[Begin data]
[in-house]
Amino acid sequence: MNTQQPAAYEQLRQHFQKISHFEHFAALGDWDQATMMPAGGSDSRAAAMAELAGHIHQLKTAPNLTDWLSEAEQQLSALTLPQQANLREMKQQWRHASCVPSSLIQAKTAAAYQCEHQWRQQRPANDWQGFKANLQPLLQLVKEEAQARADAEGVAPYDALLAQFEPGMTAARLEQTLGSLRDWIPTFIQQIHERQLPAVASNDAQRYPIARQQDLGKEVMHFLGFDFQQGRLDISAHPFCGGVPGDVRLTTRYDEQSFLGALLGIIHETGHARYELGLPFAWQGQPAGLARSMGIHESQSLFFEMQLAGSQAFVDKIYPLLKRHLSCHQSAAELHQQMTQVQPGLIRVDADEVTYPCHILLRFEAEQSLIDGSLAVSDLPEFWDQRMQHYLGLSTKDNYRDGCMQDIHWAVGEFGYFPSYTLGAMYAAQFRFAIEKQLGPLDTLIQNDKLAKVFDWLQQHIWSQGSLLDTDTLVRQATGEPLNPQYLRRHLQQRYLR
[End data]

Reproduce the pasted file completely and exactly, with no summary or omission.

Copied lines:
[in-house]
Amino acid sequence: MNTQQPAAYEQLRQHFQKISHFEHFAALGDWDQATMMPAGGSDSRAAAMAELAGHIHQLKTAPNLTDWLSEAEQQLSALTLPQQANLREMKQQWRHASCVPSSLIQAKTAAAYQCEHQWRQQRPANDWQGFKANLQPLLQLVKEEAQARADAEGVAPYDALLAQFEPGMTAARLEQTLGSLRDWIPTFIQQIHERQLPAVASNDAQRYPIARQQDLGKEVMHFLGFDFQQGRLDISAHPFCGGVPGDVRLTTRYDEQSFLGALLGIIHETGHARYELGLPFAWQGQPAGLARSMGIHESQSLFFEMQLAGSQAFVDKIYPLLKRHLSCHQSAAELHQQMTQVQPGLIRVDADEVTYPCHILLRFEAEQSLIDGSLAVSDLPEFWDQRMQHYLGLSTKDNYRDGCMQDIHWAVGEFGYFPSYTLGAMYAAQFRFAIEKQLGPLDTLIQNDKLAKVFDWLQQHIWSQGSLLDTDTLVRQATGEPLNPQYLRRHLQQRYLR